Moniruzzaman has published a study in the Medical Anthropology Quarterly, called "'Living Cadavers' in Bangladesh: Bioviolence in the Human Organ Bazaar," which chronicled the desperation of impoverished Bangladeshis who sold off organs (many of which went to Americans). "They experience numerous physical problems and went through severe psychological suffering," Moniruzzaman wrote, speaking of organ donors who underwent less-than-safe medical procedures. "We are living cadavers," one organ donor told Moniruzzaman. "By selling our kidneys, our bodies are lighter but our chests are heavier than ever."

Another rural Bangladeshi, Mehdi Hasan, told The Global Post, that he was promised 300,000 taka in – a handsome sum of money in his poor village – in exchange for 60 percent of his liver Hasan, a day-laborer, eventually got less than half the amount promised, but his physical weakness as a result of his operation has left him unable to work. “Plowing the land or digging the land is really tough with all this pain,” he said. “I feel like I’ll have to carry this pain throughout my life.”

Moniruzzaman put the blame on Bangladesh-based NGOs like BRAC and financial institutions like the Grameen Bank for pressuring and harassing loan recipients to take such drastic measures. These institutions charge interest rates of up to 27 percent, worsening the crisis for borrowers weighed down by multiple loans and irregular incomes.

As such, micro-finance has become a highly contentious issue. The World Bank’s Agriculture and Rural Development Team claimed that the program has succeeded in spite of the debt accumulated, while the Microcredit Summit Campaign has claimed that 10 million people in Bangladesh escaped poverty between 1990 and 2008 due to microcredit loans. Indeed, in 2006 Bangladeshi banker and economist Muhammad Yunus (who developed the ideas of microcredit and microfinance) received a Nobel Peace Prize for his efforts. On the whole, at least 34 million people in Bangladesh have taken out some form of microcredit since 1997, according to Microcredit Summit Campaign. But the majority of them (26 million) live below the poverty line. The microfinance business reportedly accounts for 3 percent of the country’s GDP.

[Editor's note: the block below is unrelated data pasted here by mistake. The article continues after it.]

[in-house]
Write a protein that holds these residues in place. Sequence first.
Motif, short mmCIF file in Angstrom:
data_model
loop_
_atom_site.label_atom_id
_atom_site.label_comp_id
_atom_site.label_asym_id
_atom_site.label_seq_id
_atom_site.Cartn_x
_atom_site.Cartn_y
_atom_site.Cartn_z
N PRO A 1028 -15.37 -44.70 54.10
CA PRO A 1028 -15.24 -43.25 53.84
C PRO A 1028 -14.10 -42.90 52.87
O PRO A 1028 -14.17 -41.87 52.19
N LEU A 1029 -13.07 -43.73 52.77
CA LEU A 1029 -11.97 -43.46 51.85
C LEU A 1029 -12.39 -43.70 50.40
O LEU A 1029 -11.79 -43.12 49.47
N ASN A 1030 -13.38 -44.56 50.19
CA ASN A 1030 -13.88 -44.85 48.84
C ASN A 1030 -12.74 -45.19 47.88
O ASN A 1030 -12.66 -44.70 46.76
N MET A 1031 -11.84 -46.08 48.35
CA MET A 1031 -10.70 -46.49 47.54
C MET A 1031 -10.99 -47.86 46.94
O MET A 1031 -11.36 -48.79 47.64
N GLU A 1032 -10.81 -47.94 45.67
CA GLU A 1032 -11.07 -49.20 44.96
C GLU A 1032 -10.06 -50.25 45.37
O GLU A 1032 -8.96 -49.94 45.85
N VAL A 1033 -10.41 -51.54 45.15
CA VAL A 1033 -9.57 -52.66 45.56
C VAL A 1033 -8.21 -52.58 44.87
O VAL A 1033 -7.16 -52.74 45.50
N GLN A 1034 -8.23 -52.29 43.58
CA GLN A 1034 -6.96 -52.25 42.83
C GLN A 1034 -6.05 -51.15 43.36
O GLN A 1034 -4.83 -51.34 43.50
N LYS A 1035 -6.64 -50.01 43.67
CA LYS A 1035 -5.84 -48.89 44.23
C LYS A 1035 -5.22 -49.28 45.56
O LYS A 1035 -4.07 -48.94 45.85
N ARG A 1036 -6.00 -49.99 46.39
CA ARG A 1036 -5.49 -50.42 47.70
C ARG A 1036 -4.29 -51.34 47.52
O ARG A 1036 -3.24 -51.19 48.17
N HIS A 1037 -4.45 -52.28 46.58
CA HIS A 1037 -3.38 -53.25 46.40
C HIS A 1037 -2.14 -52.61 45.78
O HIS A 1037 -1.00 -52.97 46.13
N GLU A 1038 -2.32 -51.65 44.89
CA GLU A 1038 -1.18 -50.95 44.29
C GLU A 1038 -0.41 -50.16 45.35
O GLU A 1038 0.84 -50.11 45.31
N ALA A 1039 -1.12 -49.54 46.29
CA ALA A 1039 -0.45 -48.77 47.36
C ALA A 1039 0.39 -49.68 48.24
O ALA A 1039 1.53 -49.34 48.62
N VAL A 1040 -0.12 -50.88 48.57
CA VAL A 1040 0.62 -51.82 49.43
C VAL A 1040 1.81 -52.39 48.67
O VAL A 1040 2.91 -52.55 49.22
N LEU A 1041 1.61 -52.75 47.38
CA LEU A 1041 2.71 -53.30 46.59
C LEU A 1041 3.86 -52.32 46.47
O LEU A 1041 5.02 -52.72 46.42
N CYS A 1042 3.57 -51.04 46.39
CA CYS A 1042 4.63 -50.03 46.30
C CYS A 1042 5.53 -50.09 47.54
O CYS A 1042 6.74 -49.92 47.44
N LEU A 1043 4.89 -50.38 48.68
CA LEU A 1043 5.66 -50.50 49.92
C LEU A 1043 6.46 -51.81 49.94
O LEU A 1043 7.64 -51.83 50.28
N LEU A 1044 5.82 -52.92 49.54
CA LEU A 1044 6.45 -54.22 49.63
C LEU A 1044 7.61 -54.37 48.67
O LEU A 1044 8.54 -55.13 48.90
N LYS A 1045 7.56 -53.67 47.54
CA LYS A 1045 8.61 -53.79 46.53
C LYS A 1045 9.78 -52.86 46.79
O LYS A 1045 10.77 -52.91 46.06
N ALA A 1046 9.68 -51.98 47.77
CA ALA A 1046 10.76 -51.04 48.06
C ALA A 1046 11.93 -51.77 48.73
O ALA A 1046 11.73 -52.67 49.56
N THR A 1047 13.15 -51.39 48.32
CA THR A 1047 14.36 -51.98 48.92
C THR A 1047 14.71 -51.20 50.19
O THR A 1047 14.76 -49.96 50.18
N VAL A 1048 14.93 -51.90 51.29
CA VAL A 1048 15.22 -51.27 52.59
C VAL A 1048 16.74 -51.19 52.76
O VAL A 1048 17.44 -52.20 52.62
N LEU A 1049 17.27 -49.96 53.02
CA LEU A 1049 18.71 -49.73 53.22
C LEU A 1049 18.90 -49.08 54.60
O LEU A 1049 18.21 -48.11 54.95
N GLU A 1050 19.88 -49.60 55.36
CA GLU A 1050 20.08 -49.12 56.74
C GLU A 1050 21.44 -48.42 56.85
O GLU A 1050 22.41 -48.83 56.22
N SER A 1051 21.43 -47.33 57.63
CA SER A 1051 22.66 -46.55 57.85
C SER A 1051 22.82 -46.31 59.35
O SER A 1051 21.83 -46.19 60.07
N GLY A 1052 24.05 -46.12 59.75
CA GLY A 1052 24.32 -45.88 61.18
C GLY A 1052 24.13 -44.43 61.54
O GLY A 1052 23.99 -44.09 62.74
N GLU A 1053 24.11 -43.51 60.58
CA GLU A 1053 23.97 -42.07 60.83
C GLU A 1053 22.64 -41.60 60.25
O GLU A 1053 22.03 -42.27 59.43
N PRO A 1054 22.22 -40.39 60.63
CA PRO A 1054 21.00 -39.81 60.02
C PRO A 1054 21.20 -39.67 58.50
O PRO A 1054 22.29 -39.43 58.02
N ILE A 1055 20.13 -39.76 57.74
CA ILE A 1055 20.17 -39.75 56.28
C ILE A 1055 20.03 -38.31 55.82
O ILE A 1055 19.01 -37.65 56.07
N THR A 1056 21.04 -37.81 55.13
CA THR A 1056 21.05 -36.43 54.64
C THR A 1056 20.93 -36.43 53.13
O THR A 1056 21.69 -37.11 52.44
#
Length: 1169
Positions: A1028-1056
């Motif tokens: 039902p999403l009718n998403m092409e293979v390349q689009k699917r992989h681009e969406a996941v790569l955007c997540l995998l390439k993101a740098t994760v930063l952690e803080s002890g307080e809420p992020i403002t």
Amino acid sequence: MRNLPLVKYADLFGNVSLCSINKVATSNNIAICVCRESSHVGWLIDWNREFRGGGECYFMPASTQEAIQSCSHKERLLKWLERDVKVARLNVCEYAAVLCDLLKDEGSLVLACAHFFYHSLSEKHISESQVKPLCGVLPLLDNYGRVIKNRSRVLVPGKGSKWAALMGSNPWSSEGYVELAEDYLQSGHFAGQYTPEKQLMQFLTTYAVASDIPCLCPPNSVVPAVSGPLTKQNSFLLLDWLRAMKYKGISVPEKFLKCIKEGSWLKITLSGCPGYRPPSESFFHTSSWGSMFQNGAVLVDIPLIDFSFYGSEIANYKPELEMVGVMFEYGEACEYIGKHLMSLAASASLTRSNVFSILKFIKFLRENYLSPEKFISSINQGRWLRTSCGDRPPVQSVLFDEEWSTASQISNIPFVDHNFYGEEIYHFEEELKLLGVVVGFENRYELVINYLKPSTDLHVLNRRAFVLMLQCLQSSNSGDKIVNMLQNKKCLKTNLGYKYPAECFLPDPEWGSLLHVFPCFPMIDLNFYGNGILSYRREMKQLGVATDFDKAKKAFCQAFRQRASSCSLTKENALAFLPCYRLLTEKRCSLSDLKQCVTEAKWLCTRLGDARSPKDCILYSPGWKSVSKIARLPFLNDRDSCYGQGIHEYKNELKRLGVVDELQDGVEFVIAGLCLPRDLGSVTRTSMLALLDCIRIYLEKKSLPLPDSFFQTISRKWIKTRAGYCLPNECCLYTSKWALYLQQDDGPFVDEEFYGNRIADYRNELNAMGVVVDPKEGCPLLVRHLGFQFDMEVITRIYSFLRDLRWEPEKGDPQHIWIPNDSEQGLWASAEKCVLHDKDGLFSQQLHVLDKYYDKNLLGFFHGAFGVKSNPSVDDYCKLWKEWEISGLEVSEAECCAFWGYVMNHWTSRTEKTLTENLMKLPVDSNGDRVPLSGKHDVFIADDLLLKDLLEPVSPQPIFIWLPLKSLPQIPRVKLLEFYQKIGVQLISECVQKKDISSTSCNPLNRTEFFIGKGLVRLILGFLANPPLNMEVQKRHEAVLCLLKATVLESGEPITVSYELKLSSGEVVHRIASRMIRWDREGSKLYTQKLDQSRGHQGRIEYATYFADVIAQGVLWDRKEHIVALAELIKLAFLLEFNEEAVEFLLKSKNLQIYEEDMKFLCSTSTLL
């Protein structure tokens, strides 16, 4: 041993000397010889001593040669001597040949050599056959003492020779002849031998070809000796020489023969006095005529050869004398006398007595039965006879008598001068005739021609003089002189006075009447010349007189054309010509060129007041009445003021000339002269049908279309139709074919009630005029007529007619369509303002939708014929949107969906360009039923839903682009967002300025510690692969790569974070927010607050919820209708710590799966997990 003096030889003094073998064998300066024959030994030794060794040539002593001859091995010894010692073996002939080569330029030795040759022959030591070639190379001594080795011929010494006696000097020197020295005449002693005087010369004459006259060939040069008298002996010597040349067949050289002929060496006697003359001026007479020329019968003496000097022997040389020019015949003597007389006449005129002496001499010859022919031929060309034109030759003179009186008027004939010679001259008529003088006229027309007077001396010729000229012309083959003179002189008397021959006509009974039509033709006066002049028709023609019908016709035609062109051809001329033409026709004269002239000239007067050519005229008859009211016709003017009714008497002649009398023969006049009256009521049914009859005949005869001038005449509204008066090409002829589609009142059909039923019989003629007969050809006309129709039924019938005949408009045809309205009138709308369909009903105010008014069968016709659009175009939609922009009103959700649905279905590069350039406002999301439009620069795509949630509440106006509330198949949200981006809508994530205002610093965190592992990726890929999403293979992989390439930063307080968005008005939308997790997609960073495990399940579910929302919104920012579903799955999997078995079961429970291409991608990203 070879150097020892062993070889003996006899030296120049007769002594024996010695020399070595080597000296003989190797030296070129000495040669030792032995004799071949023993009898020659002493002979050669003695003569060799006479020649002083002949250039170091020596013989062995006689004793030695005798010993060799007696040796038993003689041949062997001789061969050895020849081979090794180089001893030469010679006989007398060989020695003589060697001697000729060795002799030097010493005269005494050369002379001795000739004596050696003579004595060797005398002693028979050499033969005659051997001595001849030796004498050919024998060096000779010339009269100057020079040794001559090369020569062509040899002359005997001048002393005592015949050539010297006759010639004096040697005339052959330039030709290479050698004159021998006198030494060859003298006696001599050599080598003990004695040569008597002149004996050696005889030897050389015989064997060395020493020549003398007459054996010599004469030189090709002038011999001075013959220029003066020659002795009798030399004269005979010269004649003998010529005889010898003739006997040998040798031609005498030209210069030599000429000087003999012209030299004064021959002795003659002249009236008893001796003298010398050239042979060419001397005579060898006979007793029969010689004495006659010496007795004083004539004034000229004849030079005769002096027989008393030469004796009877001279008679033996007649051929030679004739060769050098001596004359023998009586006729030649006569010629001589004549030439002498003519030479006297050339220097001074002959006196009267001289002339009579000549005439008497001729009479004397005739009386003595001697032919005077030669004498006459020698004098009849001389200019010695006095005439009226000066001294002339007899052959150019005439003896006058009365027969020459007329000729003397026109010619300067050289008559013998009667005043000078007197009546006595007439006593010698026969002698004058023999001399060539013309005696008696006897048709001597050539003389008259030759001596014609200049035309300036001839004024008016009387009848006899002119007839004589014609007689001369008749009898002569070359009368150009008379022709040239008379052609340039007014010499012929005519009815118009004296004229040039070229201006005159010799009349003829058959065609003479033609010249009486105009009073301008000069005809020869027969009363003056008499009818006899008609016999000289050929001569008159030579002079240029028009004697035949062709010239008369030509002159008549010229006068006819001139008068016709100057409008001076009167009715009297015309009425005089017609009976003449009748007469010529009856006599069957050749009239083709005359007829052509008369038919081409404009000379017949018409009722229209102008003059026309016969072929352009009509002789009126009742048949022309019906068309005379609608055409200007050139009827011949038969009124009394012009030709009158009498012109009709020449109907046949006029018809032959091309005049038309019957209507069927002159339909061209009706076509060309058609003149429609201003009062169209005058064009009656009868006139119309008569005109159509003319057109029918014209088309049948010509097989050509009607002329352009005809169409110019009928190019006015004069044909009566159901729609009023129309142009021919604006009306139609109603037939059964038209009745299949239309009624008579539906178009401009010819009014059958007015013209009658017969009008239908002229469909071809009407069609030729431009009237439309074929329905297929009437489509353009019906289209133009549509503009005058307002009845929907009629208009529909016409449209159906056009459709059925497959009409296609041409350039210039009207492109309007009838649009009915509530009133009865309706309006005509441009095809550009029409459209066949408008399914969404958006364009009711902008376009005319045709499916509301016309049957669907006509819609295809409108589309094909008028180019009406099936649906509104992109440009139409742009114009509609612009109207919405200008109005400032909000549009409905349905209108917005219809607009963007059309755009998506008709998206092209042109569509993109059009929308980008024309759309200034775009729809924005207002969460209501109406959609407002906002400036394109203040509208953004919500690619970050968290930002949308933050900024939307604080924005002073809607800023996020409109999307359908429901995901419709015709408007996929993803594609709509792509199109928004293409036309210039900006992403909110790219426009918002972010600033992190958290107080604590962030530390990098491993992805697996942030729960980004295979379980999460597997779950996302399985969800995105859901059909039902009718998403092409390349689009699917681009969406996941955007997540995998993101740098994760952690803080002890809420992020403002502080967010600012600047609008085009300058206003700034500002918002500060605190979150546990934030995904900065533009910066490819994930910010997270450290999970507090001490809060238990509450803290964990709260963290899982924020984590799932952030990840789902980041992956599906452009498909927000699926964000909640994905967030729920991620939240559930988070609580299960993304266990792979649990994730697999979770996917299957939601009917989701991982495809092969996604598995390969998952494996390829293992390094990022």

“Micro credit presents a curious dilemma for Bangladesh,” wrote Sabir Mustafa of BBC Bengali. “It has been one of the most successful tools for social development, but also with a great deal of controversy attached to it.” In theory, Mustafa explained, these microfinance loans are expected to “provide rural families with some seed capital to start and sustain small businesses, thus giving them money to spend which would help stimulate the rural economy. But critics say, in reality the small amounts of loans are not always used to invest in income-generating activities. They are often too small to create any serious capital base, and can force borrowers into a cycle of debt. They borrow more as soon as they have paid off one loan, and often they borrow from a second or third lender to pay off earlier loans.”

Microfinance may also be exacerbating another problem in Bangladesh – domestic violence against women. In a letter to Britain’s Guardian newspaper, Saif Mohammad Moinul Islam, a private sector engagement co-coordinator for Care Bangladesh, an anti-poverty organization, wrote that since poor women are the typically recipient of micro-credit loans, they become vulnerable to resentment and violence from male relatives. “Microcredit is a big cause for domestic violence against women in Bangladesh,” Islam wrote. “Money in the hands of women may not necessarily translate into empowerment.”